*Amounts stated here are gathered from data of declared expenses returns, which can be found via this link:

Sunday, 8 May 2016

My 2016 elections analysis, part 2: The councils and Police & Crime Commissioners

'And finally, FINALLY....nothing much happens.' (Narrator, Space Quest IV game)

This year's council elections were crucial for all major parties in the UK-not just Labour and the Conservatives as the BBC (aka the Biased Brainwashing Corporation) tried to make out, with better organisation from other parties, especially the Green Party, compared to 2012 when those seats were last up for election.

Despite many councils having all-out elections, and with many key marginal seats being up for election, little or no net change happened in the majority of councils, and out of the 124 councils up for election just six changed hands, and then only to or from no overall control. These six councils were Dudley (Labour lose to NOC), Worcester (Conservative lose to NOC), Elmbridge (Conservative lose to NOC), Peterborough (Conservative gain from NOC, with majority of just 2 seats over all other parties), Watford (Liberal Democrat gain from NOC with majority of 14), and finally Bristol (Labour gain from NOC). A Conservative failure to make any real progress on councils covering key electoral battlegrounds, such as Harlow, Lincoln, Reading, and Southampton was also another feature of these elections. Notable failures to progress for Labour, meanwhile, include the areas of Amber Valley, Derby, Pendle, and Stockport.

One unfortunate result from these elections is how the Green Party suffered significant losses or failed to make progress in university cities or towns as a result of the so-called 'Corbyn effect', which notably occurred in Bristol, Cambridge, Colchester, Exeter, Norwich, and Oxford. However, Labour under Jeremy Corbyn actually made overall losses in seat terms, with the Conservatives losing more seats than Labour overall. Notable Conservative losses included 4 seats in Cheltenham, where the current Conservative MP, Alex Chalk, was alleged to have failed to declare election expenses that would have exceeded the allowed local spending limit if they had been declared, and all 5 of their seats in Watford (despite returning their MP Richard Harrington with a much increased majority last year), which the Liberal Democrats recaptured with ease after narrowly losing overall control last year. The Green Party compensated for losses in Bristol, Norwich and Oxford by making some key breakthroughs in these elections, in the councils of Weymouth & Portland and Cannock Chase, and consolidated and improved their representation in Epping Forest, Rochford, Solihull, Stroud, and Worcester; none of these areas have considerable student or intellectual populations at all. UKIP's unfair level of media coverage compared to the Green Party proved to be over-hyped, since they only made 25 gains (compared to the hundreds of council seat gains they made in 2013, 2014, and 2015) although the BBC lauded their gains in Thurrock several times. The Liberal Democrats made the highest net gains in these elections but they slipped back further in such councils as Newcastle-upon-Tyne, Portsmouth, Southend-on-Sea, and Worthing, which coincidentally happen to be on the coast (however in Gosport, also on the coast, the reverse happened); the Liberal Democrats have previously polled well in coastal towns and cities; they also notably did not quite gain control of Winchester in its all-out elections. Residents' Associations across the country were also pleased, with Elmbridge's Residents' Association winning enough seats to deprive the Conservatives of overall control of Elmbridge council, which covers some of the most affluent areas in the UK.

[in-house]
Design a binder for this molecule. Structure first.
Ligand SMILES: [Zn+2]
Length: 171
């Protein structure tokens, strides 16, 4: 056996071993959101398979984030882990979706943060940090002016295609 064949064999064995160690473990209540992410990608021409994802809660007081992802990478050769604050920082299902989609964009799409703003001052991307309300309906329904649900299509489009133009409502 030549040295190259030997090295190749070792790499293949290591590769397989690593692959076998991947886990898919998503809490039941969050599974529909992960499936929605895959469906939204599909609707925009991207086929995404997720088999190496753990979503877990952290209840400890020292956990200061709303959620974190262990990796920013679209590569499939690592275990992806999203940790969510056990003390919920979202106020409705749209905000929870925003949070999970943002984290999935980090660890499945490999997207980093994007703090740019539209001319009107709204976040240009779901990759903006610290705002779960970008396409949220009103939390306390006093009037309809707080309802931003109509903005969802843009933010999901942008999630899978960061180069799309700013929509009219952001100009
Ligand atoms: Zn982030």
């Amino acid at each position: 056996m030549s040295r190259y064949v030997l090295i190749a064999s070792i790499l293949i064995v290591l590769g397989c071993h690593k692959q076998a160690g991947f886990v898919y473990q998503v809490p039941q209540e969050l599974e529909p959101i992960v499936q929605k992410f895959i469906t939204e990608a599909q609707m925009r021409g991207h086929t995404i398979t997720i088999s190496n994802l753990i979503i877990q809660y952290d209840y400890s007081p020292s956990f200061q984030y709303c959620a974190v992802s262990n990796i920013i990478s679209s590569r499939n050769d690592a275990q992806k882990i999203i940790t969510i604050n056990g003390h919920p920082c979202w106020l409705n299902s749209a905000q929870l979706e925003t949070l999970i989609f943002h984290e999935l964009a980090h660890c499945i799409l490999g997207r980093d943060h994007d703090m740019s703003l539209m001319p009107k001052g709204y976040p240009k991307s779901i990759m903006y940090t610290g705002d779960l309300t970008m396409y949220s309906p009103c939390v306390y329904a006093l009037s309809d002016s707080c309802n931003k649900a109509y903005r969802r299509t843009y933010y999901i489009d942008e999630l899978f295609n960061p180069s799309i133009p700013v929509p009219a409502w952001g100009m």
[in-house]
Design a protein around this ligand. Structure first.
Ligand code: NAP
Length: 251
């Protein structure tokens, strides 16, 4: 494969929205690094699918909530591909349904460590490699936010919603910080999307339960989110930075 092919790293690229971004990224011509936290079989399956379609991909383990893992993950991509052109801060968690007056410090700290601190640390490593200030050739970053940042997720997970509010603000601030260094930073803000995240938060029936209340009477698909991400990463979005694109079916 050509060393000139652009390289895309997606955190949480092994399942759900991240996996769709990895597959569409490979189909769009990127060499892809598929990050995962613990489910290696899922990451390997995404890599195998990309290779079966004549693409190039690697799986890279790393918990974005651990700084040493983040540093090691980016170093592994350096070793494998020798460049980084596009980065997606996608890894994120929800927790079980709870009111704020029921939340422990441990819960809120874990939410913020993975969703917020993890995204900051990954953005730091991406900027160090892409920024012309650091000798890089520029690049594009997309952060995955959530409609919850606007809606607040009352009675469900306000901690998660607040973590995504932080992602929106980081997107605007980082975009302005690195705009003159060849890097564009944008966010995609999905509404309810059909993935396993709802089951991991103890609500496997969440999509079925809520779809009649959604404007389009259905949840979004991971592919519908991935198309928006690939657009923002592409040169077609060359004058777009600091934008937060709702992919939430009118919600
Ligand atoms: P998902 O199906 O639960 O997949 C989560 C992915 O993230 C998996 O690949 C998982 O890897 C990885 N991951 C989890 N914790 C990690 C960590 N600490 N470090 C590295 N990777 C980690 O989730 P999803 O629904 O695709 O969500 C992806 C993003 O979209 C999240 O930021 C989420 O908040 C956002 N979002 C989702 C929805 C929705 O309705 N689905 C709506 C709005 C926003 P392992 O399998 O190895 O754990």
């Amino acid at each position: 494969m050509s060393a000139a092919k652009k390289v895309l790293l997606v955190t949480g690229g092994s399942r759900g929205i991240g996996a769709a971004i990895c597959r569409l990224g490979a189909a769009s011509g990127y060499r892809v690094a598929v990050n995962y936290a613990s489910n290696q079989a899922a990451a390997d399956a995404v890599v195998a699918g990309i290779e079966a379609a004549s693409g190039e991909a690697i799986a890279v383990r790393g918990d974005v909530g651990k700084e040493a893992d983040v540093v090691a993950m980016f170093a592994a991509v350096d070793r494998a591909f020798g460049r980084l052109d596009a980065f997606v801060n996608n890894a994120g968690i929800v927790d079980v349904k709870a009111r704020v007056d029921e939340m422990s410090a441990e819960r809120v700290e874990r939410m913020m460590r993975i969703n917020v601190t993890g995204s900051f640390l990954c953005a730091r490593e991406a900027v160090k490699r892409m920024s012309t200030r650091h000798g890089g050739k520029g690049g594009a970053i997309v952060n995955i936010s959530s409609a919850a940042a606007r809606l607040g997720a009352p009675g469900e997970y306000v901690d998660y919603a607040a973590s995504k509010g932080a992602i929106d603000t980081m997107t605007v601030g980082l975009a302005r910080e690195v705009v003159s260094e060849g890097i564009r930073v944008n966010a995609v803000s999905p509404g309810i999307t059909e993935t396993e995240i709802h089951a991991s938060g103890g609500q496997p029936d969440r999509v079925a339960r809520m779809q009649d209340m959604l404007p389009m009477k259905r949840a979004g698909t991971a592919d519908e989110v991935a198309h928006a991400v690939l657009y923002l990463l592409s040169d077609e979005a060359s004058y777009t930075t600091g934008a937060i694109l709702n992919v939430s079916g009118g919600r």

The Police and Crime Commissioner elections have also finished, and whilst turnout substantially improved from the dreadful 15% low of 2012, it did not improve very much in police areas with no or few council elections occurring at the same time; some areas had respectable turnouts of 40-45% and others just 20-25%. Improved turnout was enough to defeat many incumbent PCCs, especially Independents who sought re-election (several did not, however). The Conservatives generally benefitted from this but lost several of their positions to Labour candidates, with Bedfordshire's Labour PCC Olly Martins being the only one to lose his job to a Conservative. Plaid Cymru's decision to field candidates for PCC this time proved to be a wise move, since Arfon Jones and Dafydd Llewellyn succeeded in becoming PC's first PCCs in Wales without much trouble in the second round of voting. One major concern in PCC elections remains the lack of real campaigning by candidates offline and on the doorstep; I myself never encountered any of the candidates standing for PCC in Hertfordshire , where I live, or even saw any literature from them despite the fact these elections were much more competitive than the last ones.